It's always fun to speculate about how we'll die, like to break the ice during a party or while chatting in the subway with terrified strangers. We've all done that, right? Well, you should probably cut it out, you freaking weirdo, because sometimes those oddly specific death scenarios turn out to come true. We've told you about famous musicians who predicted their own deaths through songs, but this tragic superpower is (er, "was") shared by notable people in all fields ...
6Mark Twain Nailed His Death Date Within a Day
Mark Twain is arguably one of the greatest American writers that literature has ever seen, blessed with immense wit, a sharp sense of humor, and a killer mustache. He gave us classic children's characters like Tom Sawyer, Huckleberry Finn, and N-word Jim. What you might not know is that, apparently, he could also see the future -- specifically, the part where he died.
He even left specific instructions for all his hair to be donated to Albert Einstein.
In 1909, Twain joked that the next time Halley's Comet passed close to Earth, he would "go out" with it. He didn't mean romantically: The comet had last been visible from Earth in the year Twain was born, 1835, so he claimed it would be the "greatest disappointment of my life" if it didn't also pass at the time of his death. According to Twain, God must have said, "Now here are these two unaccountable freaks; they came in together, they must go out together."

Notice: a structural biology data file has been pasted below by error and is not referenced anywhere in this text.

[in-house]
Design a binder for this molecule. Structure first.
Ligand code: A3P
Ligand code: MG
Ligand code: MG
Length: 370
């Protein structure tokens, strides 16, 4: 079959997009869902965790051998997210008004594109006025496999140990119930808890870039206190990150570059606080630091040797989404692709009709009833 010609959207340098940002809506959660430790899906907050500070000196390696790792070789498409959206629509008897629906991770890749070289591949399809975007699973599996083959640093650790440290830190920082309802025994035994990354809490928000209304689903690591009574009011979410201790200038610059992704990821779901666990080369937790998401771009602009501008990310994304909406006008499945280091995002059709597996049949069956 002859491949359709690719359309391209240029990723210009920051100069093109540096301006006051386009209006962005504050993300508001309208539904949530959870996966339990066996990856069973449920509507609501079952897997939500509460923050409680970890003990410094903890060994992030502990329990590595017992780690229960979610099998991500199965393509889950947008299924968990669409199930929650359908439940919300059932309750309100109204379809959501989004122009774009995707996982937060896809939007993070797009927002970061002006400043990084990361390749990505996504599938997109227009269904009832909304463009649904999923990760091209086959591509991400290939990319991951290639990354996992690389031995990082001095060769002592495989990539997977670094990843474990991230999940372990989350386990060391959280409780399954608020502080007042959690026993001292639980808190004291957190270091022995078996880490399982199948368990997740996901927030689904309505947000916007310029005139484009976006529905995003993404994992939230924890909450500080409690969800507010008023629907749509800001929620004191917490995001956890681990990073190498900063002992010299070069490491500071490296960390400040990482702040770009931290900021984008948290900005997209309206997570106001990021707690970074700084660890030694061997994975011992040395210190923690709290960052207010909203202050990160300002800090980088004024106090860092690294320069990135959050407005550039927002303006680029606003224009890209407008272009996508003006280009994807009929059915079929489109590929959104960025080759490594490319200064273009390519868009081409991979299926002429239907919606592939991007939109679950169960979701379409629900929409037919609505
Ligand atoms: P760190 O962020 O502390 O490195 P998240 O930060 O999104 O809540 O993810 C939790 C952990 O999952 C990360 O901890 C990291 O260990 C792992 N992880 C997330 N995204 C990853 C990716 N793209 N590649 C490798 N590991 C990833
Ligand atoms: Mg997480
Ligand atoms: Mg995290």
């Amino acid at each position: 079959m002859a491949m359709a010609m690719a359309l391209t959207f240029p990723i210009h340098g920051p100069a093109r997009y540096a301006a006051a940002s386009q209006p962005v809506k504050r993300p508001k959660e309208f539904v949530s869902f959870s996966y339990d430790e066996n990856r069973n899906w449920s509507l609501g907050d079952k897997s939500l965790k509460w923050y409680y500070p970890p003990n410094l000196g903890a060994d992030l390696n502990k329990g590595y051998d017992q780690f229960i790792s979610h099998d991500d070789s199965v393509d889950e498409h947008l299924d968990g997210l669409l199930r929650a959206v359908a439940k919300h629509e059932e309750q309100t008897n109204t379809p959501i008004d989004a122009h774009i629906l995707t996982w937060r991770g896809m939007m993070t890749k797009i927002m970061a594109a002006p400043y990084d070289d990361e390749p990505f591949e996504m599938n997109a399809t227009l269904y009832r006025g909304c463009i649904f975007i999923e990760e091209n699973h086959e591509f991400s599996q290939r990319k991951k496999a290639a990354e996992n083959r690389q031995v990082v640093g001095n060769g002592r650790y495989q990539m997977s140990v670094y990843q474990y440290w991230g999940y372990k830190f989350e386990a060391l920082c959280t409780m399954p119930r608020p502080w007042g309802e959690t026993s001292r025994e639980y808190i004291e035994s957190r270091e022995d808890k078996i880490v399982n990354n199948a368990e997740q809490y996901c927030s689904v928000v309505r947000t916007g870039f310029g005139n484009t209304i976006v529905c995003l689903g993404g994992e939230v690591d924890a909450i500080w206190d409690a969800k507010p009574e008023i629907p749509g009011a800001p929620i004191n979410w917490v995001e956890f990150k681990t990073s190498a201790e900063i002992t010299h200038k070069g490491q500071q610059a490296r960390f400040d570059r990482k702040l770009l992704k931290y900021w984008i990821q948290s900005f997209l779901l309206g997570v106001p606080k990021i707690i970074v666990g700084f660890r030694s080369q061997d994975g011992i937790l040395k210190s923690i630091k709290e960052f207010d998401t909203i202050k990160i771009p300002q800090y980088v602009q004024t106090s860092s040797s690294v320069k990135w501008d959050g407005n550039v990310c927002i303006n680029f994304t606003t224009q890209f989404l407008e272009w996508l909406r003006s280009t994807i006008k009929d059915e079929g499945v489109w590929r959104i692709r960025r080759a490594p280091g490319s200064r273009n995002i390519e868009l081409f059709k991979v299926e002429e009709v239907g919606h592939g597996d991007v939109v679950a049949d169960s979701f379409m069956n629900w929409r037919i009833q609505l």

Edward Emerson Barnard/Yerkes Observatory
"Preferably in one world-ending fireball."
True, Twain was advanced in years when he said that, had some heart troubles, and was depressed about losing some family members and close friends, but he was by no means on his deathbed or expecting to go to the big steamboat in the sky anytime soon. He was writing and active in his anti-imperialism league all the way to the end.
As you might know, Halley's Comet visits us once every 76 years and is only visible from Earth for a couple of months at a time. This means that at the moment of Twain's humorous prediction, the comet was due again in the following year; and what do you know, it showed up on April 20, 1910. The next day, Twain died of a heart attack.
Clearly, just dying in the same year the comet passed or at any time during its two-month window wasn't impressive enough for Twain -- he had to do it mere hours after the thing first showed up, didn't he?